LawNow received this article response from one of the lawyers involved in a recent cases that was featured in a Bench Press post called A Tree Grows in… Toronto?
A new danger has been added to the many challenges facing the urban forest in Ontario. It arises from an unexpected source – the law itself. A recent decision in the Superior Court of Justice cast aside what was previously thought to be the conventional wisdom relating to the law on boundary trees and on nuisance.
The main effect of the decision is that trees can now become the common property of adjoining landowners, whether or not they want it or consent to it. A tree can now become common property simply because it grows too large. At the same time, the rights of a landowner to cut the branches or roots of a neighbour’s tree that cross over the boundary line face new restrictions. Unfortunately, as set out below, the decision actually provides an incentive to landowners to cut down or damage trees in order to avoid these consequences.
For many years, the law was clear. If your neighbours’ tree grew large enough that its trunk – measured at ground level – eventually crossed over the boundary line, it nonetheless remained their tree and you had no property rights in it. However, you were entitled to cut the branches or roots of the tree that crossed over the boundary line, even if it put the tree at risk. The branches or roots were considered in law to be a nuisance that you were entitled to remove from your property.
The only trees that were considered to be common property were statutory “boundary trees” – trees that were planted on the boundary and with the consent of the adjoining landowner. The key element was consent – if there was consent, it made common sense for the law to provide that the tree was the common property of both landowners.
As a result of the recent decision, there are some big changes. A “boundary tree” now means any tree whose “trunk” (as defined by arborists) – measured at or above or below ground level – crosses over the boundary line, regardless of which side of the boundary line the tree was planted or started growing. Any such tree is now common property, whether or not the adjoining landowner wants it or consents.
As soon as any part of the trunk of your neighbour’s tree crosses over the boundary line, there is a change of ownership and you own the tree in common with your neighbour. At the same time, you lose the right to cut the branches and roots that cross over onto your property – the tree is now common property and any dealing with it requires consent.
In short, your neighbour’s tree “grows” from being a nuisance that you are entitled to cut back, if you wish, to being property that the law deems you to own in common with your neighbour!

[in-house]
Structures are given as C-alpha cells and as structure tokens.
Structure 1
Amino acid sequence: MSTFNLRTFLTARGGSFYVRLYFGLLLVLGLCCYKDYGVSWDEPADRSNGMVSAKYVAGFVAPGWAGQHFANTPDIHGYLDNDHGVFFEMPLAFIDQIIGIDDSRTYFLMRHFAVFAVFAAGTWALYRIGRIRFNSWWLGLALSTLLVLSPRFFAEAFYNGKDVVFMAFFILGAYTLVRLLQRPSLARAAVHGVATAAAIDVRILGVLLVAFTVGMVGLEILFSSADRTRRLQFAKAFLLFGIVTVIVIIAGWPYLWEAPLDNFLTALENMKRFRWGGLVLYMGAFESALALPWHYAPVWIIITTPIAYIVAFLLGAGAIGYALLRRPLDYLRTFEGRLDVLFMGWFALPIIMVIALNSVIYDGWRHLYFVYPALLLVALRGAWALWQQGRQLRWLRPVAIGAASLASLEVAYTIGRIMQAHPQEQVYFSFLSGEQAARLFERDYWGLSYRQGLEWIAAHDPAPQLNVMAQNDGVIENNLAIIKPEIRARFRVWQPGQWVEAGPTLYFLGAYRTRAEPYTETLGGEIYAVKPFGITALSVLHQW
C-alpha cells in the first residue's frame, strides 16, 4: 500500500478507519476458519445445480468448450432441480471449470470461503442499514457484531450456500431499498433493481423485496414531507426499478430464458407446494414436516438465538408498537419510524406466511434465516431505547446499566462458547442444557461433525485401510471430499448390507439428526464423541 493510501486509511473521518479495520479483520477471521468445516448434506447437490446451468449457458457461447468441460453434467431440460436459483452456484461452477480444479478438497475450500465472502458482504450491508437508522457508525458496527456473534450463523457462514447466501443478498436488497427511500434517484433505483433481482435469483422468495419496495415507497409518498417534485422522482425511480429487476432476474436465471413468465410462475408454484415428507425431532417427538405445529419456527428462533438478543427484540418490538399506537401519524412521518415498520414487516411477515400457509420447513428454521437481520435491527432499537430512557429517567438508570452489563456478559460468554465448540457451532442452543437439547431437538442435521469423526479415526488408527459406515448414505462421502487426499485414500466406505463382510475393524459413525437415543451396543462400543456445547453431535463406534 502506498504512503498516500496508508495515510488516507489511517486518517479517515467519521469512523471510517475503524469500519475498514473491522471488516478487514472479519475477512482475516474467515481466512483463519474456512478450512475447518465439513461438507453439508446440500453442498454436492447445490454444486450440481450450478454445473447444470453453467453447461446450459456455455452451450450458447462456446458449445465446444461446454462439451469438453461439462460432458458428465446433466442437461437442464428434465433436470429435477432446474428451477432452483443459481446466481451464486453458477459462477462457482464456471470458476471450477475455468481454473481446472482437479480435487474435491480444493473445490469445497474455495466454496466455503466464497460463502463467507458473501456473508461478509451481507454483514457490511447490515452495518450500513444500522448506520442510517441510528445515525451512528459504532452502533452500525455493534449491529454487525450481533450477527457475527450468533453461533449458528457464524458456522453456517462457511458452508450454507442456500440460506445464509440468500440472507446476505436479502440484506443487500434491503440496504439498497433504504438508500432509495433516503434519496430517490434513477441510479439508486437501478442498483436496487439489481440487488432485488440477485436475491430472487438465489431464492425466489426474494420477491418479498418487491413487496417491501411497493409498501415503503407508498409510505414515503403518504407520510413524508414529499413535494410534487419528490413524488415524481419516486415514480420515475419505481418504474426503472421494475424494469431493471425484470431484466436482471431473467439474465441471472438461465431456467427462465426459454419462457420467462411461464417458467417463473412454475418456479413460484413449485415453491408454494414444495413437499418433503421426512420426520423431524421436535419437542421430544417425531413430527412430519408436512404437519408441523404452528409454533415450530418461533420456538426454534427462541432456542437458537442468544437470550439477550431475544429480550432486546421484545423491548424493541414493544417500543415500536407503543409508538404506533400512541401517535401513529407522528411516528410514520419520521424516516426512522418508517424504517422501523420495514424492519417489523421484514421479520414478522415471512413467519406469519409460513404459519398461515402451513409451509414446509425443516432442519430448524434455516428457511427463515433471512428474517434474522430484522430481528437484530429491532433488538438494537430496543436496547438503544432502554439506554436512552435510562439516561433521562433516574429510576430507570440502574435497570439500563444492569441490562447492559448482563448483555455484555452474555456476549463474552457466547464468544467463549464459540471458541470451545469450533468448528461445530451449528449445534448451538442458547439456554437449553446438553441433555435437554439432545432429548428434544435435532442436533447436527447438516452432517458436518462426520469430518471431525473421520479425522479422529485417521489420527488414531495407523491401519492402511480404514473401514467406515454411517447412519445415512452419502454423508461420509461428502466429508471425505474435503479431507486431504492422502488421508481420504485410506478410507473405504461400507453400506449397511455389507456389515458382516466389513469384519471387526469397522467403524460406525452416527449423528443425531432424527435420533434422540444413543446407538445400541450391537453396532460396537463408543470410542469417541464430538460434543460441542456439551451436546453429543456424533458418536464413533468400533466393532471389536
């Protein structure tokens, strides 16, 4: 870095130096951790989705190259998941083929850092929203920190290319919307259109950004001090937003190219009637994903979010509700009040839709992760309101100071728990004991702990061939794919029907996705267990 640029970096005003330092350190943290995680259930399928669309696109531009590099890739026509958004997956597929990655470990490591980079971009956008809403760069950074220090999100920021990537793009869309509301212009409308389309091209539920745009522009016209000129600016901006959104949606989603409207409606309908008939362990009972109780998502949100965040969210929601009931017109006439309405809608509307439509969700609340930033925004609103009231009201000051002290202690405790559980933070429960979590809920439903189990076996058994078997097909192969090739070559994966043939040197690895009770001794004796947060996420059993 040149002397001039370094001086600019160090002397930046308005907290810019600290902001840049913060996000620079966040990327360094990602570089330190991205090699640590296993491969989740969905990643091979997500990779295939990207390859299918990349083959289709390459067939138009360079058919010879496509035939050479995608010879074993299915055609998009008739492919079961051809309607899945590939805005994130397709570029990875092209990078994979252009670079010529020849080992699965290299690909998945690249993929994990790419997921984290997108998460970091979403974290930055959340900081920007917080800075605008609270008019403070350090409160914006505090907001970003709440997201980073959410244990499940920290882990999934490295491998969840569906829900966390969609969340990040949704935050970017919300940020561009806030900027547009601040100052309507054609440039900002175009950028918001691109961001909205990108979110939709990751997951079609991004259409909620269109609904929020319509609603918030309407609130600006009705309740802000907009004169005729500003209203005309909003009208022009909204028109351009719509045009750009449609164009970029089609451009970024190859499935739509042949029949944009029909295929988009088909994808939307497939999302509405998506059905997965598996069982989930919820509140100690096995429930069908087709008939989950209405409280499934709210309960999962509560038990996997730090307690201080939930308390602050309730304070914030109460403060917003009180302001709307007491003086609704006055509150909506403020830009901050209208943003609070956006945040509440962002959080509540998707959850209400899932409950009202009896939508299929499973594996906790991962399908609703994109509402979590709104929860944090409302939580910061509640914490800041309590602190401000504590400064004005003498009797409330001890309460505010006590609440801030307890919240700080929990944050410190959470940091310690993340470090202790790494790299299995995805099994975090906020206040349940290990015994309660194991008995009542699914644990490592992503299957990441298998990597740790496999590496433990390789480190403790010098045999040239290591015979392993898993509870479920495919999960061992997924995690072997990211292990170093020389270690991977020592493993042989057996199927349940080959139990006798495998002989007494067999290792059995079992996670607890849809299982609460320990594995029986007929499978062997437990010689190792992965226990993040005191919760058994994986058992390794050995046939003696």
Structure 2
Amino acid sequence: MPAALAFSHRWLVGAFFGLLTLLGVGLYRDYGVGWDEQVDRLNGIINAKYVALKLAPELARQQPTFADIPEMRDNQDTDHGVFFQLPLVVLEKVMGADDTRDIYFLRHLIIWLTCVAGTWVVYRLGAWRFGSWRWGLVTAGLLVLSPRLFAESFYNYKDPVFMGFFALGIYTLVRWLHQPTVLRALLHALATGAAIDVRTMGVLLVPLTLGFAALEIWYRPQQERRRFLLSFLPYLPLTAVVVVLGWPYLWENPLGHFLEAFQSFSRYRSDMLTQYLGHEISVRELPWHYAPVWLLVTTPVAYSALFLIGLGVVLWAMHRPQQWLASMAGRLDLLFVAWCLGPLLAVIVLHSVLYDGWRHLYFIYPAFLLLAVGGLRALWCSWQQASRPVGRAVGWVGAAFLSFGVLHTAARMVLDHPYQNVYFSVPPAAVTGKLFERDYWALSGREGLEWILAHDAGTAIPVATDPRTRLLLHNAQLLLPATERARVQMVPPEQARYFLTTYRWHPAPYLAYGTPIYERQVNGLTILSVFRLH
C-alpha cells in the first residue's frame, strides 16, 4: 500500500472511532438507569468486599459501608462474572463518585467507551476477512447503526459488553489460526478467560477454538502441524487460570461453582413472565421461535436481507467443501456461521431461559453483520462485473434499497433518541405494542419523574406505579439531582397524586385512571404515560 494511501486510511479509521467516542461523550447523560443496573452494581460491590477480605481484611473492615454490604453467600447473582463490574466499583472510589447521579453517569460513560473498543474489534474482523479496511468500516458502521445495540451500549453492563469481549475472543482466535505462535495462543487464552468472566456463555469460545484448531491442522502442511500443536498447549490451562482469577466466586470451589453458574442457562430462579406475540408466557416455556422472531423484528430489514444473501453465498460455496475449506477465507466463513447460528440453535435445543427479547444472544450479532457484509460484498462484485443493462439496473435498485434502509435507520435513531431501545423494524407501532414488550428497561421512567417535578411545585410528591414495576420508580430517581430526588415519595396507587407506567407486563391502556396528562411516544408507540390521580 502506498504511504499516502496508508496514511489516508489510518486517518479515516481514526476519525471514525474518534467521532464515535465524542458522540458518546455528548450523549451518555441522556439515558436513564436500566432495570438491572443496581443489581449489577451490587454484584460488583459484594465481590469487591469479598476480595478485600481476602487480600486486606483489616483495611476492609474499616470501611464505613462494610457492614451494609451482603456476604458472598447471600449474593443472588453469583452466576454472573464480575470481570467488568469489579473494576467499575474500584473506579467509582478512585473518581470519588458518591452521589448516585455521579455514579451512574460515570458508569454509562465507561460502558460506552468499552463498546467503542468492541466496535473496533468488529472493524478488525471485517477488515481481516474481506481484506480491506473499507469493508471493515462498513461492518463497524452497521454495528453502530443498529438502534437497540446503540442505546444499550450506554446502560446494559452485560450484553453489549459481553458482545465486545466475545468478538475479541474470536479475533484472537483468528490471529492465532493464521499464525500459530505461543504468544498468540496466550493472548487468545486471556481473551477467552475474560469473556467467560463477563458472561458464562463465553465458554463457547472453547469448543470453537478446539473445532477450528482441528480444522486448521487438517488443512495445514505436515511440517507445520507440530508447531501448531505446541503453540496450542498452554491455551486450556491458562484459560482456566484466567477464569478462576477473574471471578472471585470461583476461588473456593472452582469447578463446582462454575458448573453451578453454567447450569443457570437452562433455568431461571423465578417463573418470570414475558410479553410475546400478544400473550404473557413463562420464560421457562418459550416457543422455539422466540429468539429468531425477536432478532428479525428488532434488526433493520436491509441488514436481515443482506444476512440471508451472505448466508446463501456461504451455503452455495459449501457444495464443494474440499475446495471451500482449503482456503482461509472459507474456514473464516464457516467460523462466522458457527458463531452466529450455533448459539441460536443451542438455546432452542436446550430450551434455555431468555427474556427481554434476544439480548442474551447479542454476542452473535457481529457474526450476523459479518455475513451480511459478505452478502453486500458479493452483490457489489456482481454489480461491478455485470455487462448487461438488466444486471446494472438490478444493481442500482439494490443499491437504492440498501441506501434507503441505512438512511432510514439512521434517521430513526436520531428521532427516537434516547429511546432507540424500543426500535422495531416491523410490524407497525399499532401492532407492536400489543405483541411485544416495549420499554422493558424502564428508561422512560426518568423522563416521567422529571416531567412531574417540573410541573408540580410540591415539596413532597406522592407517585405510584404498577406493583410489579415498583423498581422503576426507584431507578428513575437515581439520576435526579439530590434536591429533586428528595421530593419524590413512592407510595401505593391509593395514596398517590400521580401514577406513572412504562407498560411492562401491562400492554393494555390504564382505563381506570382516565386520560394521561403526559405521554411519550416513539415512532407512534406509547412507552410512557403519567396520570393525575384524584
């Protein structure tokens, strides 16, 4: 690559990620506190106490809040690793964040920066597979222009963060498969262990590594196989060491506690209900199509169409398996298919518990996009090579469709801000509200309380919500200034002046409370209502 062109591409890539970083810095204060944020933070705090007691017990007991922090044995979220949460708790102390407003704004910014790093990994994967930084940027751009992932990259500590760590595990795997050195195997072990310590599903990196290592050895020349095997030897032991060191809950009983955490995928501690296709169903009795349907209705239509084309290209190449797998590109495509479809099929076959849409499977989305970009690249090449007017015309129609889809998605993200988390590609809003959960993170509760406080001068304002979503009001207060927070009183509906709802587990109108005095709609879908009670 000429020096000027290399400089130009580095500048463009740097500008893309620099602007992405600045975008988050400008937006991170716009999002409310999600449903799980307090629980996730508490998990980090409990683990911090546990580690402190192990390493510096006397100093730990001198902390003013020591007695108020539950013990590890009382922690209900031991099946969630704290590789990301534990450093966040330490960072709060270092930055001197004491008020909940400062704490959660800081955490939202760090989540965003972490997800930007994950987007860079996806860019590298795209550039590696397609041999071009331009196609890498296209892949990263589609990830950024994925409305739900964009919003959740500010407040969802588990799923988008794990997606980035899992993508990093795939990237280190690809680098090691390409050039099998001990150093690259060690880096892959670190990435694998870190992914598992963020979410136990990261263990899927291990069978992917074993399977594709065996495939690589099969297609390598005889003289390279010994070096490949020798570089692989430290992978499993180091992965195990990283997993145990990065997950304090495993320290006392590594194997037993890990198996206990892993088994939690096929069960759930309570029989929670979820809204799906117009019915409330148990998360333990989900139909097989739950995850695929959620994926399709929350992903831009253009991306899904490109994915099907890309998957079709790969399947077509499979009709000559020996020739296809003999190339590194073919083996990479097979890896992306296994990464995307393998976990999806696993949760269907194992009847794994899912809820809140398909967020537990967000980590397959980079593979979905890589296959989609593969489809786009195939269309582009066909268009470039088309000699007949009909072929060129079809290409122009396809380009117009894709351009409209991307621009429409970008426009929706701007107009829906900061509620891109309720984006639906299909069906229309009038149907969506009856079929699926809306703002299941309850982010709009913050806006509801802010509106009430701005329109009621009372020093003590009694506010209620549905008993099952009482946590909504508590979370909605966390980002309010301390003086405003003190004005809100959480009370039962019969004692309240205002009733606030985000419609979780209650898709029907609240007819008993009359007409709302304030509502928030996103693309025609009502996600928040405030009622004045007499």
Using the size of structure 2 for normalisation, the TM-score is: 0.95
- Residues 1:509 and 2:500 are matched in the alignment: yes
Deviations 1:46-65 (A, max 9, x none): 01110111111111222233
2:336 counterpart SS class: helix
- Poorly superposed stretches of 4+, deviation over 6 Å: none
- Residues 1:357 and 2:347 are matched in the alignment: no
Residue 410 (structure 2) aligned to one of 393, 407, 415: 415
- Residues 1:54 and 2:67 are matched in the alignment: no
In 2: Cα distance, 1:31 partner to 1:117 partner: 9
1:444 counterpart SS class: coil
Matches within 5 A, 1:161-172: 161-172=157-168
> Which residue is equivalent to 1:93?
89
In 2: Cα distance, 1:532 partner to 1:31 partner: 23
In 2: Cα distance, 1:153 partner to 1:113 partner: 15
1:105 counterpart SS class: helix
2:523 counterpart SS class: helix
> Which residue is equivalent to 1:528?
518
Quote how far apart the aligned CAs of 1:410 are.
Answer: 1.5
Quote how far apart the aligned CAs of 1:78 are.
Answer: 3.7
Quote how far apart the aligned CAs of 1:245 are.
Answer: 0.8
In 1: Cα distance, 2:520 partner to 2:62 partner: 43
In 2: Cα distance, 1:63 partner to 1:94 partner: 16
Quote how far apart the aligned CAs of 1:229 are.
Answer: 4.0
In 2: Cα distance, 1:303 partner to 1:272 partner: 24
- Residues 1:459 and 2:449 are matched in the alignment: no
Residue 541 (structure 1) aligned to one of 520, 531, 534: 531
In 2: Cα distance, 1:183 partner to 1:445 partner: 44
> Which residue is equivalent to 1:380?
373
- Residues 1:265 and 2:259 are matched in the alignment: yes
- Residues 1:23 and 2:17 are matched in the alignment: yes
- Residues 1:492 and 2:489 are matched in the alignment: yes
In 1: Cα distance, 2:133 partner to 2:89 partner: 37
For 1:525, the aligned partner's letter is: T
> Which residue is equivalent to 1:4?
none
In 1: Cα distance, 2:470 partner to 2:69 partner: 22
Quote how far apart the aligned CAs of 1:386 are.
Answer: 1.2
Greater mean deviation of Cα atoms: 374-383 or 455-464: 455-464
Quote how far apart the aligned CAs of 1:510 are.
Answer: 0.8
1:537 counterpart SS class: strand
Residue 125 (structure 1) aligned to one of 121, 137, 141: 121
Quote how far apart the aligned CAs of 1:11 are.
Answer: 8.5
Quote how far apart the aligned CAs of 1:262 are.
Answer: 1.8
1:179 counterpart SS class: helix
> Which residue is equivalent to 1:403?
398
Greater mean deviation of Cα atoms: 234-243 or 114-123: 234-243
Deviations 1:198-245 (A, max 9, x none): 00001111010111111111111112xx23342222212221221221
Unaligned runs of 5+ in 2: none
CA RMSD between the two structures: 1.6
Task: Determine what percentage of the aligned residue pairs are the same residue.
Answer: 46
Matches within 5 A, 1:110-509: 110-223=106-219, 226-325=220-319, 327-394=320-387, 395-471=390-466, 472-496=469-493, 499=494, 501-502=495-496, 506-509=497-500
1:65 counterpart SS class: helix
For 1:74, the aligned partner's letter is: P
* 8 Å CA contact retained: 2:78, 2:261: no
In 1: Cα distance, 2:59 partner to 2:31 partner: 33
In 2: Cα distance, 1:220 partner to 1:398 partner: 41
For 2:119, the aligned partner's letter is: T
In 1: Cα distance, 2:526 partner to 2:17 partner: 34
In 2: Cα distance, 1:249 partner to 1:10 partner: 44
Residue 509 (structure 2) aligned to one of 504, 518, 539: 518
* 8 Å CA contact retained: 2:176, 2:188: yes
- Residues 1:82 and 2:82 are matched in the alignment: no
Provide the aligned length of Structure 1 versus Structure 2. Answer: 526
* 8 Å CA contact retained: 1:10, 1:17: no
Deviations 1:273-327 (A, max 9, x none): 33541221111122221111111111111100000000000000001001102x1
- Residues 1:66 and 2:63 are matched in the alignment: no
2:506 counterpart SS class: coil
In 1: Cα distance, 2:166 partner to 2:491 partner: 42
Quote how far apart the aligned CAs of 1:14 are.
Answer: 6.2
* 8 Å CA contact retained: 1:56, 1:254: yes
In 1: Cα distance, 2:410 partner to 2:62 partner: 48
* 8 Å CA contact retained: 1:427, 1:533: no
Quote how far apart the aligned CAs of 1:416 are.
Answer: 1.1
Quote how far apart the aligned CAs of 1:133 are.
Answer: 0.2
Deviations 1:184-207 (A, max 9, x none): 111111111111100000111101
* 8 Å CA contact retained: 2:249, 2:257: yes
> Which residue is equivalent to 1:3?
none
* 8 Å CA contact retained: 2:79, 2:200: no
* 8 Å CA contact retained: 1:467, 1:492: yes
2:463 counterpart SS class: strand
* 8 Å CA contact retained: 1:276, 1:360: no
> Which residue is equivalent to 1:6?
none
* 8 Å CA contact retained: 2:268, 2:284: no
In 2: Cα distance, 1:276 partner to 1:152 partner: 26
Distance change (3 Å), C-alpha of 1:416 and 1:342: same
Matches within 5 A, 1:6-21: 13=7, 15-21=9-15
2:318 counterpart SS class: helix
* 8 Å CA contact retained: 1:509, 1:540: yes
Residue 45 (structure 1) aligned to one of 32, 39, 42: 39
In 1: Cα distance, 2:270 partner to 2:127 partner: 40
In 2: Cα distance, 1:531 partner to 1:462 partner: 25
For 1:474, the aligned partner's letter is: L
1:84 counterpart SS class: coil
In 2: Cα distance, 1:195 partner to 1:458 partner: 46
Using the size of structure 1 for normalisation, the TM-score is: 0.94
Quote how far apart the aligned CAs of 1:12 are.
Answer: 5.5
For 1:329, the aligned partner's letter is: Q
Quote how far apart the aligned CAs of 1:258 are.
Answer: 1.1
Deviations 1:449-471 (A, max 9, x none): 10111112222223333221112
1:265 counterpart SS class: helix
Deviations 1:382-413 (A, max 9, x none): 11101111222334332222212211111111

For the law to impose common property ownership on neighbours is not good public policy. Issues relating to tree maintenance, division of expenses, risk management, liability insurance, perhaps even land title rights, must be resolved on consent of the common owners. Otherwise, they must be determined by the Courts. At present, there are no guidelines to assist the Courts in resolving any of those disputes.
This decision means that there are many more commonly owned trees. It also means that you may need to hire both an arborist and a surveyor to determine whether the “trunk” crosses the boundary line at or above or below ground level and whether the tree has now become common property.
The decision also has serious implications for municipalities and for their Tree Protection By-Laws. For municipalities, there are new burdens. They have lost sole ownership of many “street trees” that are near boundary lines, and have now acquired common ownership of many more trees that are near boundary lines and were once considered to be privately owned. To the extent that their Tree Protection By-Laws are in conflict with this decision, their By-Laws may now be deemed to be without any legal effect.
Some people who claim to be environmentalists have characterized the decision as a “landmark decision on the environment” and one that “protects private trees in Ontario”. It is not. For the law to impose on adjoining landowners common ownership of a tree, whether or not they consent, does not preserve or protect a single tree. It simply means that neither owner can do anything at all with the tree – even basic maintenance – unless the other owner consents.
Unfortunately, the decision actually provides an incentive to damage or destroy trees for landowners who do not wish to become common owners of a tree. If your tree is growing large enough that its trunk is about to cross the boundary line, and you do not wish to own it in common with your neighbours, your only option is to cut it down now. Similarly, if your neighbours’ tree is growing large enough that its trunk is about to cross the boundary line, your only option is to cut the branches and roots that cross over the boundary line and hope that the tree dies before you end up being a common owner.
The decision is under appeal. The Court of Appeal for Ontario will decide whether or not the decision should stand.